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Instructional Design 101: Building Your Training Content Strategy

With a training content strategy in place, enablement professionals can spend more time confidently rolling out new training modules, implementing learner engagement strategies and nailing benchmark metrics–instead of guessing what to do next. Besides, who’s got the time? 

Your content strategy needs a blueprint 

Just as a strong foundation is important when building a house, starting with a strong context is key when building a training program. Your learners should, at a glance, be able to understand the goals and learning objectives at the beginning of a new training rollout. 

Think back to your own onboarding experience–the intimidating length of the checklist, and the endless jargon you were required to memorize and regurgitate. 

You definitely checked out. 

In a successful training program, the learners know not only what they are learning, but why they need to internalize this information. Your learners become more invested in their learning when they can tie the training benefits directly back to their personal success metrics–whether that’s closing more deals to fast-track their promotion or to make it to Founder’s Club.

Build the essentials–what can you get away with?

Now that you have a sturdy foundation, your “essential” rooms (kitchen, bathroom, bedroom) are the next step. These will supplement your foundation; your learners know the basics of the job, and now you need to provide them with the things they need. To start, ask yourself what the learner’s immediate next steps would be to work effectively, and what needs to happen on a regular basis. 

These are the “learner essentials,” or the things that will make them successful in their role. In context of the house blueprint, mapping the “essential” rooms is equivalent to taking your learners through the basic workflow of their day-to-day. For sales teams, this is the time to hand your reps the Sales Playbook–and teach them about the Ideal Customer Profile or how to run a complete demo. These are the tools and training that your reps will need to succeed in their roles.

Bring in your bells and whistles

With the foundation and essential rooms set up, you can turn your focus on the “decor” and the furnishings. This is the space for career development and personal growth opportunities. After your new employees have acclimated to the routines and functions of their roles, you want them to feel successful and confident in their roles.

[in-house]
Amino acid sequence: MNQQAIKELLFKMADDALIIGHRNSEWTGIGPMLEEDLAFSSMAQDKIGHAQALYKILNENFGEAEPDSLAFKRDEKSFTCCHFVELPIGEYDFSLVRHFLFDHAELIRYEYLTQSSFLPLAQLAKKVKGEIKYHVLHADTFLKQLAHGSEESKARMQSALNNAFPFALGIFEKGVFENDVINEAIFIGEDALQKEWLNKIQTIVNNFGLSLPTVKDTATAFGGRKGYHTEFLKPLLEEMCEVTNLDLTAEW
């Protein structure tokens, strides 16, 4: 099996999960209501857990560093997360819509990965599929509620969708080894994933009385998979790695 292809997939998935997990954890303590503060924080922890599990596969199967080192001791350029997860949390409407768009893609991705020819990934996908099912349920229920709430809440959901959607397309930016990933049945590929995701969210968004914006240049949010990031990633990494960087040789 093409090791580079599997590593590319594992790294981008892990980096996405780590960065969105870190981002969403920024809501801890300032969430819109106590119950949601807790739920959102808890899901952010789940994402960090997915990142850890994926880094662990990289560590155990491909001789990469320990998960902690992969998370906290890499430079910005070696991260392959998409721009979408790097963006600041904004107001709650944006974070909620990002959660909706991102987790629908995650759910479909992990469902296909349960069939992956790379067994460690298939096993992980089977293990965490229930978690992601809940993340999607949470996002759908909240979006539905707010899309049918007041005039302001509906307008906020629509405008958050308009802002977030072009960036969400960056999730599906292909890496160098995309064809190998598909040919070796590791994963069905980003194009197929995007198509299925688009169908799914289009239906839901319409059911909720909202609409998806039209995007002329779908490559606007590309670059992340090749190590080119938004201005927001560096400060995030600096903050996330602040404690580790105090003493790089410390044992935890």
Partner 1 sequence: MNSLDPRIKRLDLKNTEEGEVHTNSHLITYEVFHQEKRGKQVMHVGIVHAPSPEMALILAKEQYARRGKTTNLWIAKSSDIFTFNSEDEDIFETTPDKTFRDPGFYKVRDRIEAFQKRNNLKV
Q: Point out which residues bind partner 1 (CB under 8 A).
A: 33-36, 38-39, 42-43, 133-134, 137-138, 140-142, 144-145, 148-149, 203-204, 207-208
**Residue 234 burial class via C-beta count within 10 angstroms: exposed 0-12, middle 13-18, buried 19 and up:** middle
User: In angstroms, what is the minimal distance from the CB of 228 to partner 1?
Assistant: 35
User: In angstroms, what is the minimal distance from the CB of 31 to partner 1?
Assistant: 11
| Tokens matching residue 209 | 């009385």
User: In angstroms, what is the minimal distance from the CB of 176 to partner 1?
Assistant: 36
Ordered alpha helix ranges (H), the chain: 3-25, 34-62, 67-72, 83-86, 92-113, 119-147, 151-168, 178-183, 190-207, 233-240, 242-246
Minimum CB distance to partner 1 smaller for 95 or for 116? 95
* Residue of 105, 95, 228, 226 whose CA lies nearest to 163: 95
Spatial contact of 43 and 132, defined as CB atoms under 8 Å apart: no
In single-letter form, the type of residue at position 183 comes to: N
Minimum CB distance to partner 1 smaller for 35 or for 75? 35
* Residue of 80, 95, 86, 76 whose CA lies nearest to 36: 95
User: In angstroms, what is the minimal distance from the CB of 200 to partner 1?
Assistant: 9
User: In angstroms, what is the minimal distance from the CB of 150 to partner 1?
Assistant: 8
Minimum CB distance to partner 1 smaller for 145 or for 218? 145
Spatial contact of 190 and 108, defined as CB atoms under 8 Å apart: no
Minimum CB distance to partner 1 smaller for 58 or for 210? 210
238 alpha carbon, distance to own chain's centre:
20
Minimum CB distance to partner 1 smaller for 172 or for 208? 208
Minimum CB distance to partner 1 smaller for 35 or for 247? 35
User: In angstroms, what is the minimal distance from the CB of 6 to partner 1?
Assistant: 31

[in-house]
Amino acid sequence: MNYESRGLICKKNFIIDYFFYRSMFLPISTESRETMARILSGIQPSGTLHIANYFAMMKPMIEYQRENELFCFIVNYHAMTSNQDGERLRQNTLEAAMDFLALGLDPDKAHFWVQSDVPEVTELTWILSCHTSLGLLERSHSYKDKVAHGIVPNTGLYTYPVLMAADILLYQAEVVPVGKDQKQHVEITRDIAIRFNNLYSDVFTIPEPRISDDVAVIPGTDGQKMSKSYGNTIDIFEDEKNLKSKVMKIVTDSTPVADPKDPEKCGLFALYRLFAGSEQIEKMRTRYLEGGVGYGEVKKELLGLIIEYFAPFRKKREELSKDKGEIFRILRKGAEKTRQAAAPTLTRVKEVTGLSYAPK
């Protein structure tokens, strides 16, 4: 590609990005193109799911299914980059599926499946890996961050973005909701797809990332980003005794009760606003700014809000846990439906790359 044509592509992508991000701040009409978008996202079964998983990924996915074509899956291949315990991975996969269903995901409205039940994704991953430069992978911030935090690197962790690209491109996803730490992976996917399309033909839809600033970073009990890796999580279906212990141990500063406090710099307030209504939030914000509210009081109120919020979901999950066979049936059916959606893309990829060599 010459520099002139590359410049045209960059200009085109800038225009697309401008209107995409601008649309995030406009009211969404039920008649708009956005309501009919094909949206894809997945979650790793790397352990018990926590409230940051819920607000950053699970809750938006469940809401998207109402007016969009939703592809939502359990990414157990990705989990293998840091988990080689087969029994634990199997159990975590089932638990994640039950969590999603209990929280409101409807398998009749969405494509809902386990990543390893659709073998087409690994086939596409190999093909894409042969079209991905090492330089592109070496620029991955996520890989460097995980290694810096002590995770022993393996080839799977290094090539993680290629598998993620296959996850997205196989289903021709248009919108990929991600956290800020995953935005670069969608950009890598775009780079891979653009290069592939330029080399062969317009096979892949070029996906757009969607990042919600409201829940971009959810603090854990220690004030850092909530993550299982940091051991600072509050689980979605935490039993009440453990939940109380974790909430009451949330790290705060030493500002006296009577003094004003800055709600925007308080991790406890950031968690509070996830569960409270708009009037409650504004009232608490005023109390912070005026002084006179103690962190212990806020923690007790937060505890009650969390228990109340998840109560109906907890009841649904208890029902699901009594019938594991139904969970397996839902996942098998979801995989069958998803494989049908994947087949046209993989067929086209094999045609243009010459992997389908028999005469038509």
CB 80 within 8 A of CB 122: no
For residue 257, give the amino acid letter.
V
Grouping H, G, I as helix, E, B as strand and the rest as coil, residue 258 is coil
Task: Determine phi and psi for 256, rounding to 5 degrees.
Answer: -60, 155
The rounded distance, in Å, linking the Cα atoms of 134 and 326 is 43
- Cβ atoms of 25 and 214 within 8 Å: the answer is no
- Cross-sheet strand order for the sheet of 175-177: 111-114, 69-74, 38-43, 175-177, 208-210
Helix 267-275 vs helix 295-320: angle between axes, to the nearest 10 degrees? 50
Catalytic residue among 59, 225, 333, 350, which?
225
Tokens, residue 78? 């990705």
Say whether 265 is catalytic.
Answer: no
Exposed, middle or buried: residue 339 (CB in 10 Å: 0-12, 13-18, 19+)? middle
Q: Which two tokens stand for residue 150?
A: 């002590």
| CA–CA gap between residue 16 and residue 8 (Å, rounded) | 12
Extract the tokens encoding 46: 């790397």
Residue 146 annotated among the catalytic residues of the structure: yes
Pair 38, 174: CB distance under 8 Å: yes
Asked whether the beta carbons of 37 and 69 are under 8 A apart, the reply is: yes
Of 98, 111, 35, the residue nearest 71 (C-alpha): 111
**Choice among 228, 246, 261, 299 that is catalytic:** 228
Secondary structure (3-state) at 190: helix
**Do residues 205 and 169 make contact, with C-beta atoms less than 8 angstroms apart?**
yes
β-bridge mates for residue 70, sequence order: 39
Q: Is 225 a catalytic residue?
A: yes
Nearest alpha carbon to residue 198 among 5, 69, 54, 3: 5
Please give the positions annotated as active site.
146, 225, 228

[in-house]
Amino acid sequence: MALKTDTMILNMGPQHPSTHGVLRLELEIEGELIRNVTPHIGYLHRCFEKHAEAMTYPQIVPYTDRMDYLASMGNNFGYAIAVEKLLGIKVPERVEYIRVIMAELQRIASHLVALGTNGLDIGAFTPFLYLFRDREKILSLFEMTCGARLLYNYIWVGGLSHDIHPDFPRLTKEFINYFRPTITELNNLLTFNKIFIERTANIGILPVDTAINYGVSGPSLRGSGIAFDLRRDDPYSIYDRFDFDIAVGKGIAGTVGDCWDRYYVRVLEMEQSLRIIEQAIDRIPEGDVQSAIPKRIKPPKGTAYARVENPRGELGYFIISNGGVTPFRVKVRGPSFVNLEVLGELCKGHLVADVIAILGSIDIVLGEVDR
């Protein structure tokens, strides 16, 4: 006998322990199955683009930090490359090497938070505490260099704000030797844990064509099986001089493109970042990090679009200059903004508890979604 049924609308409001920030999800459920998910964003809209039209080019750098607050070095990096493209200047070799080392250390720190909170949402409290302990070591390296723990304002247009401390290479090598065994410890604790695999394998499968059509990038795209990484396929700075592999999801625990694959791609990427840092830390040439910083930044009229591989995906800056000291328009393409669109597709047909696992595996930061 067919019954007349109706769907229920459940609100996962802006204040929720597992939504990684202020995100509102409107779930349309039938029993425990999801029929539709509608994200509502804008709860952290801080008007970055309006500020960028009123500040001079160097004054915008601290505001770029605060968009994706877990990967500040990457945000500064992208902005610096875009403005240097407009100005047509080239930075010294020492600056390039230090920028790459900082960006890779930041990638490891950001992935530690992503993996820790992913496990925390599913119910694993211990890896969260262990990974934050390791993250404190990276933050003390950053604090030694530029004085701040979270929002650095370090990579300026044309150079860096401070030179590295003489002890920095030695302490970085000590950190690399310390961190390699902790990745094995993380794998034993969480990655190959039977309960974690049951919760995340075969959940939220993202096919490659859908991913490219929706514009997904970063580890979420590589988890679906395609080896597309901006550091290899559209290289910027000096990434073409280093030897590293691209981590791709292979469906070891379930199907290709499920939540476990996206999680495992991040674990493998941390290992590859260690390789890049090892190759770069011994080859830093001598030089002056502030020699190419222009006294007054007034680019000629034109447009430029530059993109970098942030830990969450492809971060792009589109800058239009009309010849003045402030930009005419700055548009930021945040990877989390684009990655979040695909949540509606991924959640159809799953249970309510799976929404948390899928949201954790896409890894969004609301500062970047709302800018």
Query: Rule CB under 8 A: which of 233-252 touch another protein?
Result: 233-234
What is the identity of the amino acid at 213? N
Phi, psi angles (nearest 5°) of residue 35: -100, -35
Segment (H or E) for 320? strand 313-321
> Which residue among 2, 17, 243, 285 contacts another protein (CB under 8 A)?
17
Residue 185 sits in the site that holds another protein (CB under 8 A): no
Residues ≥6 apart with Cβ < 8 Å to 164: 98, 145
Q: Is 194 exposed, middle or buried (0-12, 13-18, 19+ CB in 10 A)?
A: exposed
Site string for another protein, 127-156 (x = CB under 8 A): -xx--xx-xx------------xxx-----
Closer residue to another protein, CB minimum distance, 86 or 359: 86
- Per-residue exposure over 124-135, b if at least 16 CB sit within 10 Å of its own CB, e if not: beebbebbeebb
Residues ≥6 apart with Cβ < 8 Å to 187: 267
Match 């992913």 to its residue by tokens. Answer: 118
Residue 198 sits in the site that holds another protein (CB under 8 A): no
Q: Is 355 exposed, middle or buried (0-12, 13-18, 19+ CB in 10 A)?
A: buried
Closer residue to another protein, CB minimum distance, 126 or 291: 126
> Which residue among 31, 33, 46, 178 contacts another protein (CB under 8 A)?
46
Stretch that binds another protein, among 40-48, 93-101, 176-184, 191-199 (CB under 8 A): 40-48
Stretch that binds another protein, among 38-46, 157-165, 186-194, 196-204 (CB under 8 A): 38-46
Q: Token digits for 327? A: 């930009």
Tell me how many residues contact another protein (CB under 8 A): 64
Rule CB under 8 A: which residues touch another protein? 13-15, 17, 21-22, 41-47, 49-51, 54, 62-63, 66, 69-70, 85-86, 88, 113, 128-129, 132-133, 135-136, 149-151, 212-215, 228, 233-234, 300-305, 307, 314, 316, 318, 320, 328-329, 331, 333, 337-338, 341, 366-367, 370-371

Learners must understand the basic skills and techniques before moving onto something that requires advanced knowledge or context. This “scaffolding” process layers training in a digestible way, and ensures that the learner is able to both understand and retain knowledge without the information overload. This is the time to teach them skills that will allow them to thrive in their roles–and for revenue teams, that means making the Founder’s Club.

First strategy, then everything else

With your content blueprint complete, it’ll be much easier to pick out your next training topic. 

Identify your learning objectives, then work backwards to set benchmarks for success. You will then be able to give your learners a “just right” topic, and show the in-the-moment impact when adopted correctly. The key is to start small–by rolling out one topic at a time, analyzing the results, listening to learner feedback and modifying your training as frequently and quickly as needed. 

Build a content strategy that makes your learners responsible for their own learning journey 

Jen Scopo (Instructional Designer at WorkRamp) shares how you should be constructing your training content strategy in this on-demand webinar. Checkout her ideas on strategy adoption and the learner journey. 

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